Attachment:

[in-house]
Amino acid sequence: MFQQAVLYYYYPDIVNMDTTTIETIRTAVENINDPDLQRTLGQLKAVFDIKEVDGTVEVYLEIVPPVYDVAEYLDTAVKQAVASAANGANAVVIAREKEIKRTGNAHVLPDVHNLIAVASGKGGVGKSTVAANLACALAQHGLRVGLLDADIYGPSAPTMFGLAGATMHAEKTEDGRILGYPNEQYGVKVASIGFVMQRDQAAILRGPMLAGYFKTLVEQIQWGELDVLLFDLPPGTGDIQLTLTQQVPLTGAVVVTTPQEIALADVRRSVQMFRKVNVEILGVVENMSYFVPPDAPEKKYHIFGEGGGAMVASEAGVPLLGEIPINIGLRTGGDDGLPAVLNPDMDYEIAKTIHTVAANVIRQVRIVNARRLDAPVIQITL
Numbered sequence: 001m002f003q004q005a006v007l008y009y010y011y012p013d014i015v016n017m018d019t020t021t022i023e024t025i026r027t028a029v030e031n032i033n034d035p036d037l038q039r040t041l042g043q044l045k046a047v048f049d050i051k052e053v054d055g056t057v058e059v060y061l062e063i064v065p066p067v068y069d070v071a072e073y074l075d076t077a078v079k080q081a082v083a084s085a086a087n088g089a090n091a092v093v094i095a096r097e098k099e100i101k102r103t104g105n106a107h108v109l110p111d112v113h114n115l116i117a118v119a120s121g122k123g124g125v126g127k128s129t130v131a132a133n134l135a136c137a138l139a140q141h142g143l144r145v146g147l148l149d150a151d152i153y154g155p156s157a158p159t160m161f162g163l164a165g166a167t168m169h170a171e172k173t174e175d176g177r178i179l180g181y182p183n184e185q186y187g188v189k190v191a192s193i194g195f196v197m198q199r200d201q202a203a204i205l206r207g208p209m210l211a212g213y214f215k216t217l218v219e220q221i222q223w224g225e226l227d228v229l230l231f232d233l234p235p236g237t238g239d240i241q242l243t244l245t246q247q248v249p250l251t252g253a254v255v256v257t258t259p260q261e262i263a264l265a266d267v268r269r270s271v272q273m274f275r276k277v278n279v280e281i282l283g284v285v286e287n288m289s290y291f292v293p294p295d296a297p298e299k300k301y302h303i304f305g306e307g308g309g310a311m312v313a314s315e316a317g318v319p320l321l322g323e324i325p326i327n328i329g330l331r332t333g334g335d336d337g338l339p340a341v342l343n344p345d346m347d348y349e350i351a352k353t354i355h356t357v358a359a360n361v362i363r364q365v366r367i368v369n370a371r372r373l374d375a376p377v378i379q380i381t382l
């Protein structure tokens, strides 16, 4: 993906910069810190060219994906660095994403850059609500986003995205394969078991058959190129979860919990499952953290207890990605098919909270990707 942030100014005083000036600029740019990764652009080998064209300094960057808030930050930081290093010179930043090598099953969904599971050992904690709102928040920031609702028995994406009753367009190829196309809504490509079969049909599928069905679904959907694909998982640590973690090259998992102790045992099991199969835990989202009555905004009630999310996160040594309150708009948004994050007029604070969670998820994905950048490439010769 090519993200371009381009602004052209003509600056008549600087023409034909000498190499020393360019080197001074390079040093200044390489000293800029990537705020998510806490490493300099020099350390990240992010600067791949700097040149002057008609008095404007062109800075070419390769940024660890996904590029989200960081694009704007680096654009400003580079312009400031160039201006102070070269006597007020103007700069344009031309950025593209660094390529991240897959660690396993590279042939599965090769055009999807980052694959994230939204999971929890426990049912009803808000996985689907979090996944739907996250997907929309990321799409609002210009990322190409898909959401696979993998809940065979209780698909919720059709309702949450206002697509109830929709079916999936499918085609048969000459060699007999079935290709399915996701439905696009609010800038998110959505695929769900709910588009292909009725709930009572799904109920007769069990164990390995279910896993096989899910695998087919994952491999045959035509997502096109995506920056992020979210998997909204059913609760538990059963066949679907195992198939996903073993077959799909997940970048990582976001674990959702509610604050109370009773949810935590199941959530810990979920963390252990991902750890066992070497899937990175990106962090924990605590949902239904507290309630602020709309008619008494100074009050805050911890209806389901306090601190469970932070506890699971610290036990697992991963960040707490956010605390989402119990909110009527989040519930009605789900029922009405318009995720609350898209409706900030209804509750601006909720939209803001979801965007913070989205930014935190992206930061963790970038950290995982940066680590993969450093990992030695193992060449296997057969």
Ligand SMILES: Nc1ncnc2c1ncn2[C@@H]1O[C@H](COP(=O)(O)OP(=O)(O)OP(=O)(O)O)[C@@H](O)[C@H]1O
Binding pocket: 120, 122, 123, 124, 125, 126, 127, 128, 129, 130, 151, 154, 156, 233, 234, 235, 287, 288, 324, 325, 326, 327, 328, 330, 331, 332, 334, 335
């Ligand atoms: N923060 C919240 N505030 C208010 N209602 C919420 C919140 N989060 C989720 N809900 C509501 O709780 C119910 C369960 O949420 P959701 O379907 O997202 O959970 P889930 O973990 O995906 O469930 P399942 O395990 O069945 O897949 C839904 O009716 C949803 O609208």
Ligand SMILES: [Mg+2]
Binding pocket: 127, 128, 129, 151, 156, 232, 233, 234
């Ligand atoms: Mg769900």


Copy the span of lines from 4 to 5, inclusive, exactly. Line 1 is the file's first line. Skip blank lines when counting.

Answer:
């Protein structure tokens, strides 16, 4: 993906910069810190060219994906660095994403850059609500986003995205394969078991058959190129979860919990499952953290207890990605098919909270990707 942030100014005083000036600029740019990764652009080998064209300094960057808030930050930081290093010179930043090598099953969904599971050992904690709102928040920031609702028995994406009753367009190829196309809504490509079969049909599928069905679904959907694909998982640590973690090259998992102790045992099991199969835990989202009555905004009630999310996160040594309150708009948004994050007029604070969670998820994905950048490439010769 090519993200371009381009602004052209003509600056008549600087023409034909000498190499020393360019080197001074390079040093200044390489000293800029990537705020998510806490490493300099020099350390990240992010600067791949700097040149002057008609008095404007062109800075070419390769940024660890996904590029989200960081694009704007680096654009400003580079312009400031160039201006102070070269006597007020103007700069344009031309950025593209660094390529991240897959660690396993590279042939599965090769055009999807980052694959994230939204999971929890426990049912009803808000996985689907979090996944739907996250997907929309990321799409609002210009990322190409898909959401696979993998809940065979209780698909919720059709309702949450206002697509109830929709079916999936499918085609048969000459060699007999079935290709399915996701439905696009609010800038998110959505695929769900709910588009292909009725709930009572799904109920007769069990164990390995279910896993096989899910695998087919994952491999045959035509997502096109995506920056992020979210998997909204059913609760538990059963066949679907195992198939996903073993077959799909997940970048990582976001674990959702509610604050109370009773949810935590199941959530810990979920963390252990991902750890066992070497899937990175990106962090924990605590949902239904507290309630602020709309008619008494100074009050805050911890209806389901306090601190469970932070506890699971610290036990697992991963960040707490956010605390989402119990909110009527989040519930009605789900029922009405318009995720609350898209409706900030209804509750601006909720939209803001979801965007913070989205930014935190992206930061963790970038950290995982940066680590993969450093990992030695193992060449296997057969």
Ligand SMILES: Nc1ncnc2c1ncn2[C@@H]1O[C@H](COP(=O)(O)OP(=O)(O)OP(=O)(O)O)[C@@H](O)[C@H]1O